• I’m excited for you! Take the time to walk through some of those doubts and see what’s real and what’s not. Did you get the free downloads from the home page? They’ll help too. Especially the 8 Mistakes New Homeschoolers Make.
      Let me know if there’s anything I can do to help!

  3. Vicki Bates says:

    I love the thought of this, but it terrifies me! I will have an 11th, 9th & 8th grader in the fall. They were all in public school for 4 years & although we are finishing our 3rd year back into homeschooling, they still make comparisons to traditional teaching a lot. My biggest fear is how to complete college applications if we did unschool…any suggestions?

    • Sue Patterson says:

      Hey Vicki! I get it – it can be so scary. But trusting the traditional approach is kind of delusional (I don’t mean that in a rude way) but you’re thinking that it’s all going to be fine if they just do it the way the curriculum says… and that’s not true. The world is full of people who went that route and are not happy with how it’s going.

      And… when one of my kids took some developmental courses at the community college, they were FULL of kids who HAD sat through 12 years of the traditional approach. And they still needed the developmental classes! Whereas my daughter had this great childhood filled with theatre projections, travel, dance, voice lessons – all pursuing her curiosities and interests – yet she was at no disadvantage.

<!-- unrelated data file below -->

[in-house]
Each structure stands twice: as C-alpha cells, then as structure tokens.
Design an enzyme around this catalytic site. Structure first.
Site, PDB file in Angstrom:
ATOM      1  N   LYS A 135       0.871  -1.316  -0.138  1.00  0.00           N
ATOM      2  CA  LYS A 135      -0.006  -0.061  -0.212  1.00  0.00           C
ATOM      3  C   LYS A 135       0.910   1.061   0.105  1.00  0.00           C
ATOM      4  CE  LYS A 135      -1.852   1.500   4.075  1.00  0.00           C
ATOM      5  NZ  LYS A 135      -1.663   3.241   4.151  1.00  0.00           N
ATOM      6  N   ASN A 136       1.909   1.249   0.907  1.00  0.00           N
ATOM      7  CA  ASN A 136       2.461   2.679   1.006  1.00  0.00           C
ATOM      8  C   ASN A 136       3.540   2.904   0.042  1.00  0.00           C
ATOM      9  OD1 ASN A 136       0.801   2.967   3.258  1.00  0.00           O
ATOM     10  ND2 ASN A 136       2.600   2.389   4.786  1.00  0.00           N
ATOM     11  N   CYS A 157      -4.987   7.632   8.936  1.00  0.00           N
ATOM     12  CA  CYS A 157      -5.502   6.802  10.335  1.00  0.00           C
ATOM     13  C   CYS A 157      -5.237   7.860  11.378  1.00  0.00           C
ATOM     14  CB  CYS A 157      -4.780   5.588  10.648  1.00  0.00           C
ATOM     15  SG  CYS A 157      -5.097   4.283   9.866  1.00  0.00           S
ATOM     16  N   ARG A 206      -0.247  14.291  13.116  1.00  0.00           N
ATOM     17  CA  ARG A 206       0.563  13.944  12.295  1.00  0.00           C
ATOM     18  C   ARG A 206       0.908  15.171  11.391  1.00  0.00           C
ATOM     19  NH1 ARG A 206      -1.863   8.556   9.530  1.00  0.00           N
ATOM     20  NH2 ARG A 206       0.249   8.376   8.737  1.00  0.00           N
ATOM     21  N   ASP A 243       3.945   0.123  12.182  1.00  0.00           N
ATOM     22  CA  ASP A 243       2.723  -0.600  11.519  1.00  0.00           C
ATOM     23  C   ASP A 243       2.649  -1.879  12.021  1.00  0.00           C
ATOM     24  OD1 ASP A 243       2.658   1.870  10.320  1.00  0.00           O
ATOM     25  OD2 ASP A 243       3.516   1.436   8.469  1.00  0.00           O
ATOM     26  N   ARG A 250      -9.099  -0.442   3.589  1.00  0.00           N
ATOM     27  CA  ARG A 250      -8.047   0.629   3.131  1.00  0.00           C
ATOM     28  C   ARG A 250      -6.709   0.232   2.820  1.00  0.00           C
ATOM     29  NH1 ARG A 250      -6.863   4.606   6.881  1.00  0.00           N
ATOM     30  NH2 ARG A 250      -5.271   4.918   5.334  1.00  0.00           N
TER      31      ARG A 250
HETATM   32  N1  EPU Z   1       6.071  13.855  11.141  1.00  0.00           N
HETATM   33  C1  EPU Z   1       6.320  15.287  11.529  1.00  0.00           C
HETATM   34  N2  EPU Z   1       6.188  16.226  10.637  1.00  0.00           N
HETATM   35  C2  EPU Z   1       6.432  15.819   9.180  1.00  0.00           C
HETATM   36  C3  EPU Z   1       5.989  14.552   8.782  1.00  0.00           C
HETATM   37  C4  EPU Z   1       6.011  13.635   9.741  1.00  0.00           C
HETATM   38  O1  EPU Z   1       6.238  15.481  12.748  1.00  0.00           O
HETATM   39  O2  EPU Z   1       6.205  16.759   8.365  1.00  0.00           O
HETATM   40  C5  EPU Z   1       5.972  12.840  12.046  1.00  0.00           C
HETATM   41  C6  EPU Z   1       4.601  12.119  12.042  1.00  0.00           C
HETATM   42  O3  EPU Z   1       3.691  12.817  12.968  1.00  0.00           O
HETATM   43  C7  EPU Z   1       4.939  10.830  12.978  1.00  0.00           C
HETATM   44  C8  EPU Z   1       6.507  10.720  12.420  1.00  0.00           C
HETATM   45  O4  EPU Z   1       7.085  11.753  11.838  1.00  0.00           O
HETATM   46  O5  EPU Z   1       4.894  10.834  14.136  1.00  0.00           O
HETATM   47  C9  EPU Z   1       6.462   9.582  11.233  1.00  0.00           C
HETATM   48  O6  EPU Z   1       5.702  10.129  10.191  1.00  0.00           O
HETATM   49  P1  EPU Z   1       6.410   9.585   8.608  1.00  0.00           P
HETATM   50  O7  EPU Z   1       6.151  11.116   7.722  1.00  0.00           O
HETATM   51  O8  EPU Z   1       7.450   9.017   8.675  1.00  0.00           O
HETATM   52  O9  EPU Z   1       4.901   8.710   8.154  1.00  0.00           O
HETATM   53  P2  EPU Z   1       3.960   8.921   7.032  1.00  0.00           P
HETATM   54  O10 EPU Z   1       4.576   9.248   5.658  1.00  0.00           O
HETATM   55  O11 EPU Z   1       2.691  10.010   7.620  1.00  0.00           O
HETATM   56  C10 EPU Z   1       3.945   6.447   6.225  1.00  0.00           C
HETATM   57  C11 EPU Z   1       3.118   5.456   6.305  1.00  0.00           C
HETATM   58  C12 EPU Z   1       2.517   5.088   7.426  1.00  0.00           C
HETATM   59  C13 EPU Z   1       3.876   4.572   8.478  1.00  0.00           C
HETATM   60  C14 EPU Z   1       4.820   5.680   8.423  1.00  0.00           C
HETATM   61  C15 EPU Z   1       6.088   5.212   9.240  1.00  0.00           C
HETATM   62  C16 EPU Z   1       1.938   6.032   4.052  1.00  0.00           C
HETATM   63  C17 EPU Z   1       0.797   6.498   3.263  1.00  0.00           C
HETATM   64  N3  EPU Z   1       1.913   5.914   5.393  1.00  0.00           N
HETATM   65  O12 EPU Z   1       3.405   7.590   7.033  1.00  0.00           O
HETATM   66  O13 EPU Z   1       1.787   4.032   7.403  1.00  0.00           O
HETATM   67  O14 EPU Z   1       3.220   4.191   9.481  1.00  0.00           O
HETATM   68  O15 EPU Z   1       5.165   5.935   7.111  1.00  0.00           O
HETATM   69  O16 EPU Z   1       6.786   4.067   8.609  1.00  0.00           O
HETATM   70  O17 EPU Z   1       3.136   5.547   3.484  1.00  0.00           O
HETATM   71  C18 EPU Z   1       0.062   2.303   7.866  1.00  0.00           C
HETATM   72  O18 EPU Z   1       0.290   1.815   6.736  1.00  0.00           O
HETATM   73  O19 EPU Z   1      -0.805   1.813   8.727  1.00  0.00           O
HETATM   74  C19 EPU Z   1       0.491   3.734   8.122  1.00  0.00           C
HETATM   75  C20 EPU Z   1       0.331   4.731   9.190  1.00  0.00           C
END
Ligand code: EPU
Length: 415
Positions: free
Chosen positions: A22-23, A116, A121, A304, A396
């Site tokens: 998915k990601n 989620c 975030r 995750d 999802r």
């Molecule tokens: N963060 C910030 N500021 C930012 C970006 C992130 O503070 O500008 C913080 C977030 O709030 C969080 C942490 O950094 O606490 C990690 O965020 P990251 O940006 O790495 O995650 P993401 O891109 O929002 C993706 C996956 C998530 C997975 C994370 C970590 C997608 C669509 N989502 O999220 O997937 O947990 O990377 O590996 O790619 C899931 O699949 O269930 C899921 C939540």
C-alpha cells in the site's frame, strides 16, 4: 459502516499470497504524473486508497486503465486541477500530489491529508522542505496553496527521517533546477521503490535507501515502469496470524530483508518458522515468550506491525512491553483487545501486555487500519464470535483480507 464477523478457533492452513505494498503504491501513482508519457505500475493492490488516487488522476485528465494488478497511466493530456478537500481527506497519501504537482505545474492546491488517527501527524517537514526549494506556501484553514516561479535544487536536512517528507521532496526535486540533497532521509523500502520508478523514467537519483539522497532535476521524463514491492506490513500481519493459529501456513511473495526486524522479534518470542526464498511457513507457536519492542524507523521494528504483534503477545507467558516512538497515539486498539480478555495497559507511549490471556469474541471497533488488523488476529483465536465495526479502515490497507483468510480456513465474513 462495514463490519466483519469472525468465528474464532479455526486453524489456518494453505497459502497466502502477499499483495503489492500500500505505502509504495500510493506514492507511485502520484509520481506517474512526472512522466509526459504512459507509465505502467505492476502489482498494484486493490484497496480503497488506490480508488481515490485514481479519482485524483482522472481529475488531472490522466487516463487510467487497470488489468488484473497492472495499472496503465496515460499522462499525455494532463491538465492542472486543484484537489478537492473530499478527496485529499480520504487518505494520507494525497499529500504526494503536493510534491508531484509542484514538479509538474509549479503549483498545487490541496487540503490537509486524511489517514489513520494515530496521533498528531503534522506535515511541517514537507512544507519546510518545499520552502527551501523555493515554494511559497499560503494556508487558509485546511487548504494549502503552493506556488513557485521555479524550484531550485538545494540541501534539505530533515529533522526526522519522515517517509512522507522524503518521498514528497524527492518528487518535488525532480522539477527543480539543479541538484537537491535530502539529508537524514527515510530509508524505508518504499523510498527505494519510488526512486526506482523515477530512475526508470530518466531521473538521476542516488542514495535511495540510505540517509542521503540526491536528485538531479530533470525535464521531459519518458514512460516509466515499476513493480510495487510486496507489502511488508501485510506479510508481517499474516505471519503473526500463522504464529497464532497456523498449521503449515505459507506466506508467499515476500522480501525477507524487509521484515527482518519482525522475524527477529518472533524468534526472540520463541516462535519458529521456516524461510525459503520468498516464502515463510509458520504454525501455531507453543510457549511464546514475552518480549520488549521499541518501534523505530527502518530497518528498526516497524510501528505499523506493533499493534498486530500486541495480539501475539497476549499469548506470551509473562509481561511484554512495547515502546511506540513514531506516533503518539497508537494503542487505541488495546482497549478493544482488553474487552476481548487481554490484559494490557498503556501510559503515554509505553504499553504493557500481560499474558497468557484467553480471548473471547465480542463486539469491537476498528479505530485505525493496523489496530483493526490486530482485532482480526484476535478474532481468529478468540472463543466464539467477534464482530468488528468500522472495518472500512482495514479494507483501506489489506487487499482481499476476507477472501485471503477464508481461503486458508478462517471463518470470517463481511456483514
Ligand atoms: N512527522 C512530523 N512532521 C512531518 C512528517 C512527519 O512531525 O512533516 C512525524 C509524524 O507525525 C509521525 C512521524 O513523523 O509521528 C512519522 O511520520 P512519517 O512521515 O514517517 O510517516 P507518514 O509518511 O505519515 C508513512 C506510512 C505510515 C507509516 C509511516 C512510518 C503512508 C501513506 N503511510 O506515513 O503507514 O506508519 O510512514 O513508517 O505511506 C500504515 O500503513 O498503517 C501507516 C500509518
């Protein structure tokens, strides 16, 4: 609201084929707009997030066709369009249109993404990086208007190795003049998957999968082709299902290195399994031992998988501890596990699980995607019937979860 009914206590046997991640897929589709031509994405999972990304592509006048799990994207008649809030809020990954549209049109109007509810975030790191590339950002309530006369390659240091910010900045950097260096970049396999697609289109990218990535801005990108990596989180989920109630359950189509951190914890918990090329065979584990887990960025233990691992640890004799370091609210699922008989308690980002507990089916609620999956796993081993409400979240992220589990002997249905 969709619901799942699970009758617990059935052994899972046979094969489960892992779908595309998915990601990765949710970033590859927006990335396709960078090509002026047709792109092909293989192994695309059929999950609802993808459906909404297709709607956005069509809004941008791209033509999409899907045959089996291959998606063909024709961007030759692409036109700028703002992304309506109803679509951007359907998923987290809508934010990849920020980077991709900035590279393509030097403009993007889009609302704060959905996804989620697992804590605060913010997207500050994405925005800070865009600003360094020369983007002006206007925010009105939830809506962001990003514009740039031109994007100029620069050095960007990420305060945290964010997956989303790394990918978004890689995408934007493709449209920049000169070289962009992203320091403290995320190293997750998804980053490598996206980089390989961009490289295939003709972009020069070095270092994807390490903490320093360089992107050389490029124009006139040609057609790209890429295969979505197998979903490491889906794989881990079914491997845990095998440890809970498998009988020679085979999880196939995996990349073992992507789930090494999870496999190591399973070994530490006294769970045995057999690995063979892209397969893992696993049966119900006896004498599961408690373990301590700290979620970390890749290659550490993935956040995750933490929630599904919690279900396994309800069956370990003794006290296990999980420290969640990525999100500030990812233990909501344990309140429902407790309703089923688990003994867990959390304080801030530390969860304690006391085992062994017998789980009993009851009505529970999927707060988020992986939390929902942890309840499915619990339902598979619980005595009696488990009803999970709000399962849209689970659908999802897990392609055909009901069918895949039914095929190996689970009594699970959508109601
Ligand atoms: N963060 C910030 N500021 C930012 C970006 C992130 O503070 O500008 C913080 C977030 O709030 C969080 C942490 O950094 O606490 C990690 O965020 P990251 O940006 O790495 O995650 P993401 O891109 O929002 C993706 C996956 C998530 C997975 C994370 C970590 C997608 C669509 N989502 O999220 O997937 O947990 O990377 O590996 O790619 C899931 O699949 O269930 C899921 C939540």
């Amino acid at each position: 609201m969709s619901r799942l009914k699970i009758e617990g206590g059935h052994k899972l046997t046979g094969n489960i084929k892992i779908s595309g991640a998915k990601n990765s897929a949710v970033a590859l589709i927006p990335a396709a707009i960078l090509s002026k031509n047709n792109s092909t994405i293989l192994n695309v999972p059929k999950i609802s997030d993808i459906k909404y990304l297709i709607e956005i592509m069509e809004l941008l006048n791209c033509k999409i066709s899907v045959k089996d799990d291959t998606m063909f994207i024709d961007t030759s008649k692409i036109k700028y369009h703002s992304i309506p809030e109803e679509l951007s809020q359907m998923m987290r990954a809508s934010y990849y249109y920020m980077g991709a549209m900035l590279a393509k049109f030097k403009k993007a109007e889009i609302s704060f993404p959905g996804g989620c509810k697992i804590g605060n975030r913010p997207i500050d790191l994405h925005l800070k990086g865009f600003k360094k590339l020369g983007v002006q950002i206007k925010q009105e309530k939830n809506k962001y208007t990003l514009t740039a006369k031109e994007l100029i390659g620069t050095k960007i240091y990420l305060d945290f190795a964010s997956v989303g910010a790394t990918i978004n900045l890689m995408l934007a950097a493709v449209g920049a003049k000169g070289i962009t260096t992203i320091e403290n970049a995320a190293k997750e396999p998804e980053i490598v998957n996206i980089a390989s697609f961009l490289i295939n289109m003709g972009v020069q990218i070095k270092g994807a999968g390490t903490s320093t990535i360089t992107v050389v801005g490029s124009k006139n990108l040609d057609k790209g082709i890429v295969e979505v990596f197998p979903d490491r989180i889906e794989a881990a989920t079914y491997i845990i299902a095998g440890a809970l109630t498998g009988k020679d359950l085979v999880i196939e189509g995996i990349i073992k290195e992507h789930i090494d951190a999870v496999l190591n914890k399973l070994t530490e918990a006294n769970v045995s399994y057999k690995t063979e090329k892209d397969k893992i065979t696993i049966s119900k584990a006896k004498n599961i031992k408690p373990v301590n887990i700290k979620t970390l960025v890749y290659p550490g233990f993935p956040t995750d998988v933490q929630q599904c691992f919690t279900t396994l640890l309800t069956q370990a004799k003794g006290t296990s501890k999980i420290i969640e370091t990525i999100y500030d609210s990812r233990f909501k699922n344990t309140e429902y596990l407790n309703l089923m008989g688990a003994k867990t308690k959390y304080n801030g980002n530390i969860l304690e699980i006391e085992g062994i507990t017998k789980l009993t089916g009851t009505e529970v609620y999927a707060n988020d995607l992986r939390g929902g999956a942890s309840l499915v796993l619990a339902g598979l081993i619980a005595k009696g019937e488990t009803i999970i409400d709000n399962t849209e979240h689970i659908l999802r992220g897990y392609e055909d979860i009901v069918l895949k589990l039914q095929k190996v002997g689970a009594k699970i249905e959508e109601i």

As for college applications… some colleges are way more interested in homeschoolers than they used to be. That’s worth exploring who is and who isn’t.

      But, I’m a big believer in letting the teens take community college courses first. Then they can transfer into any other university as sophomores. No one cared at all about high school transcripts once they had that proven college track record. (In Texas 15 credits lets you be a “transfer student.”)

      I have a small coaching group for parents of teens, if you were looking for a small community of support. We do a coaching call every week, share resources, etc. The tab at the top can take you to more info on this.

      Or if you prefer more 1:1, you can hop on my calendar and I’m happy to help walk you through. 🙂